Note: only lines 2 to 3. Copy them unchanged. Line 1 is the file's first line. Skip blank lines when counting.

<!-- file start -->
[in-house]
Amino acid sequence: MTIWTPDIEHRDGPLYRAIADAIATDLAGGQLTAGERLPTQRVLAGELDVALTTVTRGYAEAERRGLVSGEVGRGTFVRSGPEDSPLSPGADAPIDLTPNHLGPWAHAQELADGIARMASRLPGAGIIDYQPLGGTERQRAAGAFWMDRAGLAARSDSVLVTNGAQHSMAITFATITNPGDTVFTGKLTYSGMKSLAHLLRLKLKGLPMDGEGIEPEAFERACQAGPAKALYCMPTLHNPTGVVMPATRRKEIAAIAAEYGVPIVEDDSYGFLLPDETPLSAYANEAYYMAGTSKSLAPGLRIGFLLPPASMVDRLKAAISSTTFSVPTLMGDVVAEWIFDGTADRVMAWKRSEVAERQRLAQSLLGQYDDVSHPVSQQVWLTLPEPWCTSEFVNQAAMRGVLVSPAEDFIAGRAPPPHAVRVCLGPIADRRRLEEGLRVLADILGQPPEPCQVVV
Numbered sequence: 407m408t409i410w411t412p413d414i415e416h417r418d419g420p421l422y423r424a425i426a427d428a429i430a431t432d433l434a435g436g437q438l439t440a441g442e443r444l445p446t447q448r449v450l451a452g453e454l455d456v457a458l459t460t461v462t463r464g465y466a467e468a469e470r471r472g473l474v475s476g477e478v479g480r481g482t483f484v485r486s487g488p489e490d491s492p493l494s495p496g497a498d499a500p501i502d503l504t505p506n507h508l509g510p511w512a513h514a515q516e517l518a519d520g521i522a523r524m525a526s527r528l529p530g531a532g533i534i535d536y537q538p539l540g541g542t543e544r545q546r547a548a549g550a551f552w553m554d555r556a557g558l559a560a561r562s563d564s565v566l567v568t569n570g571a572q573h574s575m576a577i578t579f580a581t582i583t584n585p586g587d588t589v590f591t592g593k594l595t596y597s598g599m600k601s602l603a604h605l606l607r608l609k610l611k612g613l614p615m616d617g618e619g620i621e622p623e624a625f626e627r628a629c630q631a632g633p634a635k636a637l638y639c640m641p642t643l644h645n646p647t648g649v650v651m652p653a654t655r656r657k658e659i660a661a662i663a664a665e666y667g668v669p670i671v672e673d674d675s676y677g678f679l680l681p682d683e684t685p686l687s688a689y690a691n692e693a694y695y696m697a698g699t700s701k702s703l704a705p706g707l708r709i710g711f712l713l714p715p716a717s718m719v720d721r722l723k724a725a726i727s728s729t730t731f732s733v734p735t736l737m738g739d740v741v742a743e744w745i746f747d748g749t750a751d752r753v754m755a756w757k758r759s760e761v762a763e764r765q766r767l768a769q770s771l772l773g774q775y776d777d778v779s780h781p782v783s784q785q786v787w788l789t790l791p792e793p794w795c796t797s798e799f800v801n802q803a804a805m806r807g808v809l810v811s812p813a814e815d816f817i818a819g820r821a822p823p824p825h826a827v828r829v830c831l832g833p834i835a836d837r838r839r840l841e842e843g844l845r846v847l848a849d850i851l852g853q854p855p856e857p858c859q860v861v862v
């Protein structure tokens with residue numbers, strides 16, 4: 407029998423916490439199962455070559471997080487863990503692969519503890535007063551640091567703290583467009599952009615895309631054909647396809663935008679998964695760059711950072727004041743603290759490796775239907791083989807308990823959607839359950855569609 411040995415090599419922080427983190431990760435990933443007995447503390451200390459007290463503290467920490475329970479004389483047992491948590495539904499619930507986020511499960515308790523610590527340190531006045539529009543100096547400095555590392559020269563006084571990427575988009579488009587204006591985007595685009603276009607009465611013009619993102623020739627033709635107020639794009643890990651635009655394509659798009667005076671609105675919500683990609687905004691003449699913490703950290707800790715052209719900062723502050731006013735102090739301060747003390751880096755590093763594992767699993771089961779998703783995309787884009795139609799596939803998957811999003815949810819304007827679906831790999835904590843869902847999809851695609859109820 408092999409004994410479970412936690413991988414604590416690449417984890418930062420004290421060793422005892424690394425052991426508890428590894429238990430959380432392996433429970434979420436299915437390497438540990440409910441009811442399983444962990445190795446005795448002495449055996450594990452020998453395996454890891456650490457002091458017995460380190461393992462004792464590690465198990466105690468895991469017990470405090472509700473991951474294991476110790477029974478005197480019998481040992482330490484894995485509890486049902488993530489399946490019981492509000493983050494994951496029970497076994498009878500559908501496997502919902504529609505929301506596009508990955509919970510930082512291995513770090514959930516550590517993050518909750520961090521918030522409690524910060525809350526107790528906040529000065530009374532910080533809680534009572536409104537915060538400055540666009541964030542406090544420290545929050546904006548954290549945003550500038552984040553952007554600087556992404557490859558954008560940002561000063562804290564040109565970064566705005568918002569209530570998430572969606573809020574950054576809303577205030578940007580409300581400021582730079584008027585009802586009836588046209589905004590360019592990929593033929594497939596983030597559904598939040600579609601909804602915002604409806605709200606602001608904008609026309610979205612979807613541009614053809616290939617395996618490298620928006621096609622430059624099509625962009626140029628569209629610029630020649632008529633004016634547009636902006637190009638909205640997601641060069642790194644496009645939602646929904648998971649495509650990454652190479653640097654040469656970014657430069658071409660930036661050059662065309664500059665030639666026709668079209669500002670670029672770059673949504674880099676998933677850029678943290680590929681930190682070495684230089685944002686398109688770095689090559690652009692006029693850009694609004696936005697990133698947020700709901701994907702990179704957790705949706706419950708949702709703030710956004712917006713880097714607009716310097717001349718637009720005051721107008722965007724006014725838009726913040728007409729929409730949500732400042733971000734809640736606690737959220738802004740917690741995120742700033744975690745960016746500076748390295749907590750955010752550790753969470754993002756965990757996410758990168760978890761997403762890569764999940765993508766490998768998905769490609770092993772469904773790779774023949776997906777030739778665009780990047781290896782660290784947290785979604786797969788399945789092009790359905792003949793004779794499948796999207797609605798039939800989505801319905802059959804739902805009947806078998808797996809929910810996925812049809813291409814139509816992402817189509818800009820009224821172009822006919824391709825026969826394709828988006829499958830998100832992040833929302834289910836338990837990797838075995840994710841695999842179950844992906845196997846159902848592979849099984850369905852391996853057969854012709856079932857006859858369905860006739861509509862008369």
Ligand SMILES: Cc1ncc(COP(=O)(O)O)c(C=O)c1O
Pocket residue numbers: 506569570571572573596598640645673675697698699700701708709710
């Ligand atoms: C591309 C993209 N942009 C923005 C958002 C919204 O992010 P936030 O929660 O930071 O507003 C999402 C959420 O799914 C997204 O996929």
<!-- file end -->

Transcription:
Amino acid sequence: MTIWTPDIEHRDGPLYRAIADAIATDLAGGQLTAGERLPTQRVLAGELDVALTTVTRGYAEAERRGLVSGEVGRGTFVRSGPEDSPLSPGADAPIDLTPNHLGPWAHAQELADGIARMASRLPGAGIIDYQPLGGTERQRAAGAFWMDRAGLAARSDSVLVTNGAQHSMAITFATITNPGDTVFTGKLTYSGMKSLAHLLRLKLKGLPMDGEGIEPEAFERACQAGPAKALYCMPTLHNPTGVVMPATRRKEIAAIAAEYGVPIVEDDSYGFLLPDETPLSAYANEAYYMAGTSKSLAPGLRIGFLLPPASMVDRLKAAISSTTFSVPTLMGDVVAEWIFDGTADRVMAWKRSEVAERQRLAQSLLGQYDDVSHPVSQQVWLTLPEPWCTSEFVNQAAMRGVLVSPAEDFIAGRAPPPHAVRVCLGPIADRRRLEEGLRVLADILGQPPEPCQVVV
Numbered sequence: 407m408t409i410w411t412p413d414i415e416h417r418d419g420p421l422y423r424a425i426a427d428a429i430a431t432d433l434a435g436g437q438l439t440a441g442e443r444l445p446t447q448r449v450l451a452g453e454l455d456v457a458l459t460t461v462t463r464g465y466a467e468a469e470r471r472g473l474v475s476g477e478v479g480r481g482t483f484v485r486s487g488p489e490d491s492p493l494s495p496g497a498d499a500p501i502d503l504t505p506n507h508l509g510p511w512a513h514a515q516e517l518a519d520g521i522a523r524m525a526s527r528l529p530g531a532g533i534i535d536y537q538p539l540g541g542t543e544r545q546r547a548a549g550a551f552w553m554d555r556a557g558l559a560a561r562s563d564s565v566l567v568t569n570g571a572q573h574s575m576a577i578t579f580a581t582i583t584n585p586g587d588t589v590f591t592g593k594l595t596y597s598g599m600k601s602l603a604h605l606l607r608l609k610l611k612g613l614p615m616d617g618e619g620i621e622p623e624a625f626e627r628a629c630q631a632g633p634a635k636a637l638y639c640m641p642t643l644h645n646p647t648g649v650v651m652p653a654t655r656r657k658e659i660a661a662i663a664a665e666y667g668v669p670i671v672e673d674d675s676y677g678f679l680l681p682d683e684t685p686l687s688a689y690a691n692e693a694y695y696m697a698g699t700s701k702s703l704a705p706g707l708r709i710g711f712l713l714p715p716a717s718m719v720d721r722l723k724a725a726i727s728s729t730t731f732s733v734p735t736l737m738g739d740v741v742a743e744w745i746f747d748g749t750a751d752r753v754m755a756w757k758r759s760e761v762a763e764r765q766r767l768a769q770s771l772l773g774q775y776d777d778v779s780h781p782v783s784q785q786v787w788l789t790l791p792e793p794w795c796t797s798e799f800v801n802q803a804a805m806r807g808v809l810v811s812p813a814e815d816f817i818a819g820r821a822p823p824p825h826a827v828r829v830c831l832g833p834i835a836d837r838r839r840l841e842e843g844l845r846v847l848a849d850i851l852g853q854p855p856e857p858c859q860v861v862v